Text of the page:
Another great find was the Carol Burnett show at 7:30. I’d still watch this if it were on. I guess I should troll YouTube.

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There wasn’t much on Wednesday that interested me. Sure I tuned into Family Feud or Carol Burnett. I could never get into Highway to Heaven. Too schmaltzy.

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Here you see the birth of NBCs fabled “Must See TV” on Thursday’s. Friends would be about a decade later, but the network dominated the slot with the Cosby Show. I however, sometimes did time with the Dukes of Hazzard.

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Long before the dominance of X Files on Friday’s there was V. Such a great series. And so painfully 80s. I mean the aliens even had shoulder pads.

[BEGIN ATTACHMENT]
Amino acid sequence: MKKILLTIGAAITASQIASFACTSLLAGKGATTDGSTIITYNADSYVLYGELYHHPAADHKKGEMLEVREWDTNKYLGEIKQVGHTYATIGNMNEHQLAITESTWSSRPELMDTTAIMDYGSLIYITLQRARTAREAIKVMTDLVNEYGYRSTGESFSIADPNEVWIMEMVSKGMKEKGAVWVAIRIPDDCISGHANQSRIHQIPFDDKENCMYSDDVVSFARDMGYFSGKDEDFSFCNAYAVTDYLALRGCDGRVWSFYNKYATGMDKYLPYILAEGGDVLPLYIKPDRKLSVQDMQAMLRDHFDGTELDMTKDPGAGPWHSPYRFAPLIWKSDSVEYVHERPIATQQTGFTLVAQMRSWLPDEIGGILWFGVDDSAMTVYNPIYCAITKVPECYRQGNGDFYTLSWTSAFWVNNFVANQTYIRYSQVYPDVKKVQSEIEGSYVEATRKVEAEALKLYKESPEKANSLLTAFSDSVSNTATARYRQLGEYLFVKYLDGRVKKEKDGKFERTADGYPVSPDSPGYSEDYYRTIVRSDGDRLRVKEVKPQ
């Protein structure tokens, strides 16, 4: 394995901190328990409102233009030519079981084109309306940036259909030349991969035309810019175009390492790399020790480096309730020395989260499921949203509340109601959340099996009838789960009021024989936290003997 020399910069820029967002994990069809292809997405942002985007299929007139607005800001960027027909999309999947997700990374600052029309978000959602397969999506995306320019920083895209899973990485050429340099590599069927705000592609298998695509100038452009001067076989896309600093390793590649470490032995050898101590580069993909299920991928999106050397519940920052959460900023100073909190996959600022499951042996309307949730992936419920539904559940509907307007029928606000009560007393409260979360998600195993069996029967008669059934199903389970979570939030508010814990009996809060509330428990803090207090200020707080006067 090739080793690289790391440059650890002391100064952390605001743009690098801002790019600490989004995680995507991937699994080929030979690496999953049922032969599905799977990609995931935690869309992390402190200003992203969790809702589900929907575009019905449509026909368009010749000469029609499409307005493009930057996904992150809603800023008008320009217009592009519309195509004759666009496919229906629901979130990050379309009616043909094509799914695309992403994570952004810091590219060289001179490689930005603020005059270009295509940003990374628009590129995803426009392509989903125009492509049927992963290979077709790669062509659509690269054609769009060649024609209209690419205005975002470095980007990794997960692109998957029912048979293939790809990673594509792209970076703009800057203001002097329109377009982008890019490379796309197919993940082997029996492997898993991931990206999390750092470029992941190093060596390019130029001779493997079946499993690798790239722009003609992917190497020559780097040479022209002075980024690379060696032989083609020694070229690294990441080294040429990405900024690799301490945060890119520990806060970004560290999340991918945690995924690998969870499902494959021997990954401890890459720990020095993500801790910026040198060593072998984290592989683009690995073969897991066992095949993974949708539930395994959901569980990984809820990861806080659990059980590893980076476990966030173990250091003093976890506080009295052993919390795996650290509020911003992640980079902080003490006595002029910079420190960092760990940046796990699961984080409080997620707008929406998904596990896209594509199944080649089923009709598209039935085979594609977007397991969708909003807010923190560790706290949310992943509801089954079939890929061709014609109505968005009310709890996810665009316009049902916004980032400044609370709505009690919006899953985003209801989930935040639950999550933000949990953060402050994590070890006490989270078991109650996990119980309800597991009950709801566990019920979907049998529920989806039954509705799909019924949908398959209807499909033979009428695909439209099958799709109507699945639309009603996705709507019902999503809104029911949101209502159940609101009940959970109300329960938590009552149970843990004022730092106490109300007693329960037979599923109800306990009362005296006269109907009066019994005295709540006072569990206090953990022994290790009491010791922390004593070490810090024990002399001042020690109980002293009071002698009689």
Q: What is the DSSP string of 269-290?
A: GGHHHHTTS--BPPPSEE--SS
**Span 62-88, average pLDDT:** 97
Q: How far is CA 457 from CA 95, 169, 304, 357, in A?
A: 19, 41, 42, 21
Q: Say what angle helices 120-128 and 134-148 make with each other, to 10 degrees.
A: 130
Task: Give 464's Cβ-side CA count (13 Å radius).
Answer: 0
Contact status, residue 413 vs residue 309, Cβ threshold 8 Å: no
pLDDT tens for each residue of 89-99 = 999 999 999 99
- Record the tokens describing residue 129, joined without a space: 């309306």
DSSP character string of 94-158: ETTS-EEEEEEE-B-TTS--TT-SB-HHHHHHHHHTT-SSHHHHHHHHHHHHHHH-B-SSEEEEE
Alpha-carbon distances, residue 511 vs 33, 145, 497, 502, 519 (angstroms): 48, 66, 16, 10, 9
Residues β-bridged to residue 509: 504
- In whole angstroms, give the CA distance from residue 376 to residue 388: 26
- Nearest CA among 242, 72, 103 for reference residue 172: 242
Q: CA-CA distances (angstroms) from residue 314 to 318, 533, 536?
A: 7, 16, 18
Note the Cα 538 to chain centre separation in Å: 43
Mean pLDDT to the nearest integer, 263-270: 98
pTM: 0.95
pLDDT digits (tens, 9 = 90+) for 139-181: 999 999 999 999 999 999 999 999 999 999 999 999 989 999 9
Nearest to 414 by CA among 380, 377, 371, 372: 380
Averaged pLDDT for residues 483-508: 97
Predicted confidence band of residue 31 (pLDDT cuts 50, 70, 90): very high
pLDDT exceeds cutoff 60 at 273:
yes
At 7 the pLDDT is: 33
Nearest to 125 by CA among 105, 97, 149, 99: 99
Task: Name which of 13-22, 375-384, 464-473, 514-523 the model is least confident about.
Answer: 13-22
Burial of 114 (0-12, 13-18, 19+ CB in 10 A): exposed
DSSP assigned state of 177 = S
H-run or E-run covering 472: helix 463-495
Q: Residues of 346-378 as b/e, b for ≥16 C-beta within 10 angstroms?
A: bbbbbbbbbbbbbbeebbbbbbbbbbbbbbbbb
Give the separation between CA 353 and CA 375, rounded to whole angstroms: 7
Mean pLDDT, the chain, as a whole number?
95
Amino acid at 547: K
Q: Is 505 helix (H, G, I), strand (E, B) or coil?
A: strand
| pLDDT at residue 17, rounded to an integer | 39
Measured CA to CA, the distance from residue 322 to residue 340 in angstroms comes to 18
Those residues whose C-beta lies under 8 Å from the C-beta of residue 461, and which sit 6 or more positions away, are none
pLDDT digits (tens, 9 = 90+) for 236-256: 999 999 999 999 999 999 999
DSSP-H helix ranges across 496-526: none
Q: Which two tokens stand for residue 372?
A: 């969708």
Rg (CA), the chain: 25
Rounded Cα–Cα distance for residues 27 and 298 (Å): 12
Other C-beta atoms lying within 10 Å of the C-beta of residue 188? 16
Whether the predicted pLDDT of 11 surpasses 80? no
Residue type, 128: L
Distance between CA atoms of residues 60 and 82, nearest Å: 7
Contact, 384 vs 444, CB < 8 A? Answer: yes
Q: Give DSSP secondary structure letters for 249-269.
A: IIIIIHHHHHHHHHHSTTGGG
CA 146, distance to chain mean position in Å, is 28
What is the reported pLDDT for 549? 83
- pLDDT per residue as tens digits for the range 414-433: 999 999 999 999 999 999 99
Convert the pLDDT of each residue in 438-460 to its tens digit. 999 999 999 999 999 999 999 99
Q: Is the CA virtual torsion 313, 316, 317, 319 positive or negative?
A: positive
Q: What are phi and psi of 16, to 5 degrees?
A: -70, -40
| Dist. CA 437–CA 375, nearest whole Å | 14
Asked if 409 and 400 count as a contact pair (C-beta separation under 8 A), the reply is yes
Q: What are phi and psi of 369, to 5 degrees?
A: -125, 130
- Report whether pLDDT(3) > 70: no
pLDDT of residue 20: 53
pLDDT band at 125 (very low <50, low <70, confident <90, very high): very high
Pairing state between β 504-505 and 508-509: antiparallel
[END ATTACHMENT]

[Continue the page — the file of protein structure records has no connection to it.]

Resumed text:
Hope you enjoyed your tour of early 80s TV.

Tim Kane

1984 Flashback

In the spirit of a New Year’s cleaning, my wife went through some boxes in the garage. Lo and behold, it turned out to be a time capsule. Specifically, 1984. Plenty of magazines. Here are some snaps of People. I noticed that every other ad was for cigarettes or liquor. Guess People readers liked to drink and smoke.

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July Issue, 1984

Check out those jeans.

Check out those jeans.

You have to love the totally “natural” poses they put this Wrangler lady in. I especially like how she’s calling the little leaguers out.

Apple did not invent the multicolored appliance

Apple did not invent the multicolored appliance

I guess we can thank Quasar for the idea of having electronics in multiple colors.

One of many cigarette ads. Mostly aimed at women.

One of many cigarette ads. Mostly aimed at women.

And plenty of hard liquor

And plenty of hard liquor

My guess, People must have had a target audience of bars.

I had to include this. A pic of Ozzy Osborne in make up.

This was actually from Life, but I had to include it. A pic of Ozzy Osborne in make up.

This kind of puts the whole 80s in perspective. Lots of things to miss, but plenty I can do without. Like those Wrangler jeans.

Tim Kane